CESCRA is implementing a one year project entitled Campaign Against Early Marriage ‘ I stand Up against Early Marriage’ in Ngwedo Sub-County in Buliisa District and Kyangwali Sub-County in Kikuube District project supported by Girl First Fund.
It is a marriage of a girl or boy before the age of 18 and refers to both formal marriages and informal unions in which children under the age of 18 live with a partner as if married. … Almost half (45%) of all women aged 20-24 years reported being married before the age of 18.
Early marriage is and leads to violation of a child’s protection and human rights.
This is where a teenage girl, usually within the ages of 13-19, becoming pregnant. The term in everyday speech usually refers to girls who have not reached legal adulthood, which varies across the world, who become pregnant
The problem of early, forced marriage and early pregnancy globally impact on 700 women 125 of these from Africa. In Sub-Sahara alone 39% of girls are married before the age of 18 (UNICEF, 2016). In Uganda, 36.5% of women between age of 18 to 22 married young (Male, Chata et al, 2016).
Causes of early marriage may vary, but linkages are similar. Poverty, illiteracy levels and persisting negative social and cultural norms that view girls as destined for marriage has served to exacerbate the problem in Uganda. In the communities CESCRA has worked in, the magnitude is demonstrated by composition in women groups. Out of 50 members of a group, it’s common to find only 4 can read or write. In some women groups CESCRA has worked with, you just have to look at the face of girls carrying children, pregnant and wives among other adult women. This has been a driving force for CESCRA to focus on the problem. In schools girls do not finish primary level and others drop from form 1 and 2 in secondary school due to early marriage.
Early marriage deny girls education, safety from sexual abuse and domestic violence, better health and a vicious cycle to generation of girls. It is common to find no examples of educated girls to inspire others to remain in school and the perception of girls’ education in the community further lower girls’ chances and potential. Under such circumstances, girls remain at risk and are viewed as the cash-cow of fathers seeking to acquire wealth through bride-price. Early marriage problem happens within the context of persisting gender inequalities in society that relegate women and girls to lower status in community therefore limit their opportunities to rise above the problems. CESCRA envisages in depth approaches that will reduce early marriage in these areas and are replicable to other parts of the country and yet have a policy reform effect at the national level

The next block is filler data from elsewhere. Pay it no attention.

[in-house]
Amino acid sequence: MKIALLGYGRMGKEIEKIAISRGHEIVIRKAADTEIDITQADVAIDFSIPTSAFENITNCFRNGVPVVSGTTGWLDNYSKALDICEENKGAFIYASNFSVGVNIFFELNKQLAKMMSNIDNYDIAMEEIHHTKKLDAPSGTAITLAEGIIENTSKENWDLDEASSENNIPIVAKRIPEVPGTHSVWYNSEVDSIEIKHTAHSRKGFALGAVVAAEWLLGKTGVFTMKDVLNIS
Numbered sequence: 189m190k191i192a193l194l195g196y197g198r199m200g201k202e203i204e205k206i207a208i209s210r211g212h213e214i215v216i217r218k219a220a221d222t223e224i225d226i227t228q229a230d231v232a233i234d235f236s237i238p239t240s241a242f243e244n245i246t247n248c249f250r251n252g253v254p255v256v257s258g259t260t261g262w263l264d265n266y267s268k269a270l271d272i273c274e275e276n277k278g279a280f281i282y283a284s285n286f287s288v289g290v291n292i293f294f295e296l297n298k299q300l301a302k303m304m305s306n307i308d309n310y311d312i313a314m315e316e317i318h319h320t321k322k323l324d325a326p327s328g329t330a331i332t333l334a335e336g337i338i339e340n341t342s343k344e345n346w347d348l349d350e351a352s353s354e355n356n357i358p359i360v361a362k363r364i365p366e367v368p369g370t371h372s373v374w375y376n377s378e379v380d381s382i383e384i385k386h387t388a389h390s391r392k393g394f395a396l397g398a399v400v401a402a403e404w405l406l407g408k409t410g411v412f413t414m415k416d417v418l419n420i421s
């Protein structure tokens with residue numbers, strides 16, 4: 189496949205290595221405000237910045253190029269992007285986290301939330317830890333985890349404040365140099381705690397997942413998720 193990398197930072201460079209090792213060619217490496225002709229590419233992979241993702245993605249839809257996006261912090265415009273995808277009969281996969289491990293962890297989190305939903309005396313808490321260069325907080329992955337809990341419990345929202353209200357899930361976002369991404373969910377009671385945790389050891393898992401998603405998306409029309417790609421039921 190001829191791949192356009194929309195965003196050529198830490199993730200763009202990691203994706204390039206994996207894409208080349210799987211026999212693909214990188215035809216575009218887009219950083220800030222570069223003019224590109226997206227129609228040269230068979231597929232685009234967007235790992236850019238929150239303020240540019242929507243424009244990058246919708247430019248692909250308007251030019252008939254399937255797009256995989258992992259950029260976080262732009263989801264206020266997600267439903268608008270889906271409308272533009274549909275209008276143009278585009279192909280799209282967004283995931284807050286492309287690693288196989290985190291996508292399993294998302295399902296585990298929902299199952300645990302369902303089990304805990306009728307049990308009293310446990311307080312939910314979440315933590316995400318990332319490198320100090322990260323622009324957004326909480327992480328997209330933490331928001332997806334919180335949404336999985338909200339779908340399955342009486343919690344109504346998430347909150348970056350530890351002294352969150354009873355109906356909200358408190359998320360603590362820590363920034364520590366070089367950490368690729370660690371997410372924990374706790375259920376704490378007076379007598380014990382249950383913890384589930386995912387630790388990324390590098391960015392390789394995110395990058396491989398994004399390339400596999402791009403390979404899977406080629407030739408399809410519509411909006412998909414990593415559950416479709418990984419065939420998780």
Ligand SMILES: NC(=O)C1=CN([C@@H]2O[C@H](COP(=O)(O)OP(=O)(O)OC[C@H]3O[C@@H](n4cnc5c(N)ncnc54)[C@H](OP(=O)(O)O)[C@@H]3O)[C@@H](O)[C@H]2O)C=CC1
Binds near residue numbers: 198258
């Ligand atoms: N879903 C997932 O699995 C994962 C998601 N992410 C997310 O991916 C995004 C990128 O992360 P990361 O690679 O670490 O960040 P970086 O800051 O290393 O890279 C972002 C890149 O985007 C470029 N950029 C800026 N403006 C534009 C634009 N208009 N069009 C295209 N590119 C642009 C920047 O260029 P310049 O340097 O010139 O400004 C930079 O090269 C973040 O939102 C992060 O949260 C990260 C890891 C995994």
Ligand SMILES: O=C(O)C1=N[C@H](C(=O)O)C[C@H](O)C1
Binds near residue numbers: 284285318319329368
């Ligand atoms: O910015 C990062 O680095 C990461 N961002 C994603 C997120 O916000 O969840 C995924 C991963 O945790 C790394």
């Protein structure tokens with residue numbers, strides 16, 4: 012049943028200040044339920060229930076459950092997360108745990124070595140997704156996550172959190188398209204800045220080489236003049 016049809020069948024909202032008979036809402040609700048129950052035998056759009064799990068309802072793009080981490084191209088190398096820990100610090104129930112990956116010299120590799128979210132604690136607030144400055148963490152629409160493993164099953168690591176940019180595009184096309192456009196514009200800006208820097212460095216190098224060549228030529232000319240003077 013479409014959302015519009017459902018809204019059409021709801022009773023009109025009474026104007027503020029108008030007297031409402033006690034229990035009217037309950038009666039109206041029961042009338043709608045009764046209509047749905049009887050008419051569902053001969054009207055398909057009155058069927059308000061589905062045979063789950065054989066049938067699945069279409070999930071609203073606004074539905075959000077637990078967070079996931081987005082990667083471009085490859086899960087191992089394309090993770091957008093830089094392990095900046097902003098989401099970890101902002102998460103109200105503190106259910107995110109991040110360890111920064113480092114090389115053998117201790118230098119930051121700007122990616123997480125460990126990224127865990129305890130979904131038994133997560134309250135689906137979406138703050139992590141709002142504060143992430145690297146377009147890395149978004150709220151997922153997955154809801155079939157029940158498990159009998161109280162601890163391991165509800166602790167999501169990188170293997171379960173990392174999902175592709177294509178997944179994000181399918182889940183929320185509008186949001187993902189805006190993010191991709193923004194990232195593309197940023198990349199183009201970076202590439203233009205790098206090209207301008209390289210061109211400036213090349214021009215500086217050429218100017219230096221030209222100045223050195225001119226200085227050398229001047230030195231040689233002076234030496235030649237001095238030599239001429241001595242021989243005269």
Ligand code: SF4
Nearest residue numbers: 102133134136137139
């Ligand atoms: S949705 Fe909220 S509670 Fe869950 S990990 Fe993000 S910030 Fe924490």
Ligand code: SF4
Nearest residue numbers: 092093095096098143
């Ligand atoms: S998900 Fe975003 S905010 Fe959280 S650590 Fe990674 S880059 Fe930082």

Quick facts about the situation of early marriage in the two districts.
- Uganda is currently 38 million, 50.8% of whom are female.
- Approximately 6.8% of these (1.3m) are girls aged 15-17 and 40% of these get married before age of 18. Roughly 525,000 girls are at risk every year.
- Ngwedo Sub-county has 20242 people, 21.4 % children are not in school & 19.4 of the aged 10 – 19 have ever been married.
- Kyangwali Sub-County has 96089 people, 33.4% of children between 6-12 years are not in school & 21 % of those between 10-19 have ever married
- Can you recall those married or fell pregnant in your school?
1. In one year CESCRA expects to have increased the levels of awareness and knowledge about early marriage in the project areas and in the District. We would have sensitized girls in schools, made community outreach with dialogues, had radio programmes that reach beyond the project area and we have generated and shared information.
2. At least the capacities of girls and boys in the project to lead the campaign on early marriage will have improved significantly. The skills from the practical activities with communities and fellow school environment will motivate them to reflect at their own personal behaviors and develop inner urge to rise above the challenge of early marriage.
3. The voices of girls experiencing early marriages in Buliisa district will influence policy recommendations at the national level.
Improvement in the girls lives
4. Information is power. At least of the 207 girls and 63 boys who will be aware about early marriages its broader social economic impacts, will not be the same and may change their behavior including decision to stay in school and tackling pressure from their societies.
5. Girls involved as Ambassadors are likely to resist pressure of early marriages since they are likely to develop assertiveness a strong pillar in early pregnancies and sexual abuses leading to early marriages.
6. Girls involved in direct education of communities and their own teachers and parents in the process may also improve their academic performance which may see them join secondary or finish secondary school examinations that thus their lives can never be the same.